Children’s book fair wants young minds to be turned on by reading

The upcoming South Africa’s Children Book Fair, hosted by A Book for Every Child Foundation, promises to be enthralling for children and adults alike. (Oupa Nkosi, M&G)

The upcoming South Africa’s Children Book Fair, hosted by A Book for Every Child Foundation, promises to be enthralling for children and adults alike. (Oupa Nkosi, M&G)

South Africa is holding its first fair for children’s books – themed “Back to basics, bring back the culture of reading” – in Jo’burg from Thursday June 9.

French author Victor Hugo once said that “to learn to read is to light a fire” and the fair aims to do just this by increasing literacy levels and introducing young minds to the world of books.

A Book for Every Child Foundation is hosting the fair. The first two days have been reserved for schoolchildren, but after that the fair is open to the public.

The four-day programme consists of book launches, seminars, presentations, debates and book sales. The event organisers say the fair “will be a harvesting ground for writers of children’s books, publishers and illustrators”.

Literary agent Bieke van Aggelen says there is a great need for fresh talent on the South African literary scene. Van Aggelen, who runs African Literary Agency and sell books and translation rights to publishers overseas, represented local publishers at the Bologna Children’s Book Fair in April.

Bumble Books in Noordhoek, Cape Town, was named the best children’s publisher in Africa at the Bologna fair.

Van Aggelen says international publishers are interested in South African stories and like the techniques used by local illustrators.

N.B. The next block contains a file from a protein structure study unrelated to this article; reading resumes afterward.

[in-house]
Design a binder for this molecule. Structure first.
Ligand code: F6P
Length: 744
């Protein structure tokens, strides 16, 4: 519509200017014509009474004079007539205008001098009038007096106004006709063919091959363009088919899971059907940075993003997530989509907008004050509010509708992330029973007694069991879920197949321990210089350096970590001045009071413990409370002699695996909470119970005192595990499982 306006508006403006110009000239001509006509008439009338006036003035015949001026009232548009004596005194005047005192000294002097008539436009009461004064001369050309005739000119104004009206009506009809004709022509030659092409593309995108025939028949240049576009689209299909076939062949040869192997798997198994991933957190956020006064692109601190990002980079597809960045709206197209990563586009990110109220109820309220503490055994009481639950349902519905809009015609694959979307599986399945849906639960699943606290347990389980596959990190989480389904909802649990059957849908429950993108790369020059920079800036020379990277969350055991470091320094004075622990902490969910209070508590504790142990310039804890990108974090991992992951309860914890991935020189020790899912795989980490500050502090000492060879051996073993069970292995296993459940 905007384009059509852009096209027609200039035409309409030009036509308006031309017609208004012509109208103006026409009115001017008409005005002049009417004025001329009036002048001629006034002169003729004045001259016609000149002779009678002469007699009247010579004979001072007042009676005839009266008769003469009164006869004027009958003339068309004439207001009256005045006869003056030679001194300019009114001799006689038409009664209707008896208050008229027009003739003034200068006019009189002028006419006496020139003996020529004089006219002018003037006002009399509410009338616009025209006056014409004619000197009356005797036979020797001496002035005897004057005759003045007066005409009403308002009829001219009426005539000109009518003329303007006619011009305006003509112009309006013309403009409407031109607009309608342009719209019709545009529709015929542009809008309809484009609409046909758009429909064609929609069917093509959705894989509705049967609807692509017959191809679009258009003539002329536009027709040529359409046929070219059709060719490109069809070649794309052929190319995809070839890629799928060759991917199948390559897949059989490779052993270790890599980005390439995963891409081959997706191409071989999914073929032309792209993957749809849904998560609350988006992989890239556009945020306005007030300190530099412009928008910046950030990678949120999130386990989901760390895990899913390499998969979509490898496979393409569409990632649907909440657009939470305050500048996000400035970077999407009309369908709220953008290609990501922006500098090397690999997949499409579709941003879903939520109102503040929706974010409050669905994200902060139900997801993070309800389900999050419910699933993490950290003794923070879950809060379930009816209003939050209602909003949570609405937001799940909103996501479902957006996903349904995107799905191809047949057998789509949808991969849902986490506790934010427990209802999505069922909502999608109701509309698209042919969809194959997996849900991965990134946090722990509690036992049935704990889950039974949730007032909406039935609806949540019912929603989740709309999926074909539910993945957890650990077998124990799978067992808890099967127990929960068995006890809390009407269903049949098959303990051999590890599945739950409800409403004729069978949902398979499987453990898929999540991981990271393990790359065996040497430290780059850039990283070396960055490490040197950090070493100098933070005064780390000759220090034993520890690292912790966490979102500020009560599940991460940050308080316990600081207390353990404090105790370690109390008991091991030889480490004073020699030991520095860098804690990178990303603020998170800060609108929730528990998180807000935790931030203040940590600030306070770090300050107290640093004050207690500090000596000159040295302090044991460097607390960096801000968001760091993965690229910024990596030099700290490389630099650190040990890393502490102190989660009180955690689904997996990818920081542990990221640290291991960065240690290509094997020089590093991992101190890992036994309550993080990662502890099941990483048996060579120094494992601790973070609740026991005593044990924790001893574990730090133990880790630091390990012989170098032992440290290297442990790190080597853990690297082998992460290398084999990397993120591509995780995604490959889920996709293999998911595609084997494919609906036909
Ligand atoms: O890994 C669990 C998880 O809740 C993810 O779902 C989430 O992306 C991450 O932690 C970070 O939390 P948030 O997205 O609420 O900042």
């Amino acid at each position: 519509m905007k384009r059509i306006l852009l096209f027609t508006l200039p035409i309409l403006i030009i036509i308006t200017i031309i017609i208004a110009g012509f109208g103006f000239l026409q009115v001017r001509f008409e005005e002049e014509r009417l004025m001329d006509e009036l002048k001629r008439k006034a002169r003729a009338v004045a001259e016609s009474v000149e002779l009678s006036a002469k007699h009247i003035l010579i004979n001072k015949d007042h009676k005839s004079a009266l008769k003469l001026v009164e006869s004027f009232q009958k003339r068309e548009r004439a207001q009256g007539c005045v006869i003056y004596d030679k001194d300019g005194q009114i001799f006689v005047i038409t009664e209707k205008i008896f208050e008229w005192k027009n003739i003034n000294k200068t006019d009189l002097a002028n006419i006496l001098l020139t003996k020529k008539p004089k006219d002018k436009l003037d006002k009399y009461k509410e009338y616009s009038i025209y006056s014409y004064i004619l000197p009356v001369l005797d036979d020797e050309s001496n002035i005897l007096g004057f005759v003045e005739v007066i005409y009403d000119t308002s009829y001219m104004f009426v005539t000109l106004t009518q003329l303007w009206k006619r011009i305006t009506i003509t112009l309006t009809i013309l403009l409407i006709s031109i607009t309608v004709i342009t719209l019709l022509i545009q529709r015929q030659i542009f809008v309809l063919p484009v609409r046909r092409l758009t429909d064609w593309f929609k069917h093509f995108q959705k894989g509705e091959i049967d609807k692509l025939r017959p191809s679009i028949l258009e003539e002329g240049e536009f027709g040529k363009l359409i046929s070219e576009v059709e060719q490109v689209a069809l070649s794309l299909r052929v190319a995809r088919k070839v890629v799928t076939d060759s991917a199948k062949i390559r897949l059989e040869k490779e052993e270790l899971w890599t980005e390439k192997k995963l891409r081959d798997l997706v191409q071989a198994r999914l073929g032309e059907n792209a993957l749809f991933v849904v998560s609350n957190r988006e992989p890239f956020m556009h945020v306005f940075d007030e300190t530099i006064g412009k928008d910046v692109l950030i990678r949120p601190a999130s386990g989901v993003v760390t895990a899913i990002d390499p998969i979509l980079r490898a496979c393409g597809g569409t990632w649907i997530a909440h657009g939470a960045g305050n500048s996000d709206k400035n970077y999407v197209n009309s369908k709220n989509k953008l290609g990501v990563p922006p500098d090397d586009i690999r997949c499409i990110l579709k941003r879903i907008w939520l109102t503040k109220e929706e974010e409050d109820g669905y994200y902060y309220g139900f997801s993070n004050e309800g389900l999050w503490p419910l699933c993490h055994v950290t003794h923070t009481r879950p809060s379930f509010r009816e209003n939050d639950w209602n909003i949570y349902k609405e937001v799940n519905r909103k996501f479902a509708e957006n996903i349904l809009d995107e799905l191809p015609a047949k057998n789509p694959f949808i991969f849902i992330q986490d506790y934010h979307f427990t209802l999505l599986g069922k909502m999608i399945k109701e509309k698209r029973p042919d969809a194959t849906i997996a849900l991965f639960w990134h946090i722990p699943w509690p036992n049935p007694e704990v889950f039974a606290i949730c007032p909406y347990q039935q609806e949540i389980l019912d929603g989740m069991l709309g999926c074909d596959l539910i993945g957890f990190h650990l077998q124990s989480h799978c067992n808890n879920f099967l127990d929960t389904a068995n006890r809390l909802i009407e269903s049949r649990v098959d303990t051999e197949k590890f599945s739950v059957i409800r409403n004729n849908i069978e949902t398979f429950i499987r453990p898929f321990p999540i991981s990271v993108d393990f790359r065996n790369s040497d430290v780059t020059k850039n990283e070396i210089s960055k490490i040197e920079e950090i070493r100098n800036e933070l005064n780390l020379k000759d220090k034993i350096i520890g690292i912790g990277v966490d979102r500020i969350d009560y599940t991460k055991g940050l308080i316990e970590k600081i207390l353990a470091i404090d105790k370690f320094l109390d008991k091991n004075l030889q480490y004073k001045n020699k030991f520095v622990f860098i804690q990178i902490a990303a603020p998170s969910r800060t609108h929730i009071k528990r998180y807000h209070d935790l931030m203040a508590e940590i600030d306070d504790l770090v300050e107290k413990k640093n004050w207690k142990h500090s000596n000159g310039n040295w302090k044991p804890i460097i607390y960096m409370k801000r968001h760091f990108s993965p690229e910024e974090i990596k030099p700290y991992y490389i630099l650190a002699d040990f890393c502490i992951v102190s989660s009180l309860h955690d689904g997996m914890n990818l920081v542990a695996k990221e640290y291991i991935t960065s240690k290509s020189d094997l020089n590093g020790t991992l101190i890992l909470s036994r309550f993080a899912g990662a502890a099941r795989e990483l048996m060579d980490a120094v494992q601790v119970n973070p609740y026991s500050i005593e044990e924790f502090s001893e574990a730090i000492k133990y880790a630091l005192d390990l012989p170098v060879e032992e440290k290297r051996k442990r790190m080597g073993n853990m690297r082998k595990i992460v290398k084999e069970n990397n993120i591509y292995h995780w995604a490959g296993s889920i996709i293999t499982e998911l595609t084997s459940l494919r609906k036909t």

“When it comes to South African children’s books, people abroad want exotic elements in books. They are interested in culturally bonded stories, like what it’s like to live in South Africa, and they want to see the clichéd countryside setting.”

For her, what makes South Africa’s book fairs different is that they are open to the public and the wall between self-published authors and the readers is broken – and everyone is free to discover writers they wouldn’t find in big bookshops.

International fairs, on the other hand, are targeted at publishers and traders.

Van Aggelen didn’t know about South Africa’s first children’s book fair and is apparently not the only one. “Maybe more should’ve been done to promote the fair,” she said. “But it’s good that it’s happening because children’s book fairs are important in elevating reading for children and discovering the talents of writers and illustrators.”

The South Africa’s Children Book Fair runs from June 9 to 12, from 10am to 4pm daily at the Birchwood Hotel, Boksburg.

 
Katlego Mkhwanazi

Katlego Mkhwanazi

Katlego Mkhwanazi is the Mail & Guardian's arts, culture and entertainment content producer. She started her career in magazines, before joining the Mail & Guardian team in 2014. She is an entertainer at heart. Read more from Katlego Mkhwanazi

    Comments

    blog comments powered by Disqus

    Client Media Releases

    Pharmaceutical warehouses keep cool with Imperial
    NWU Mafikeng Campus holds annual Excellence Awards
    MTN's acquisition of Smart Village is finalised
    Sanral acts against irregular expenditure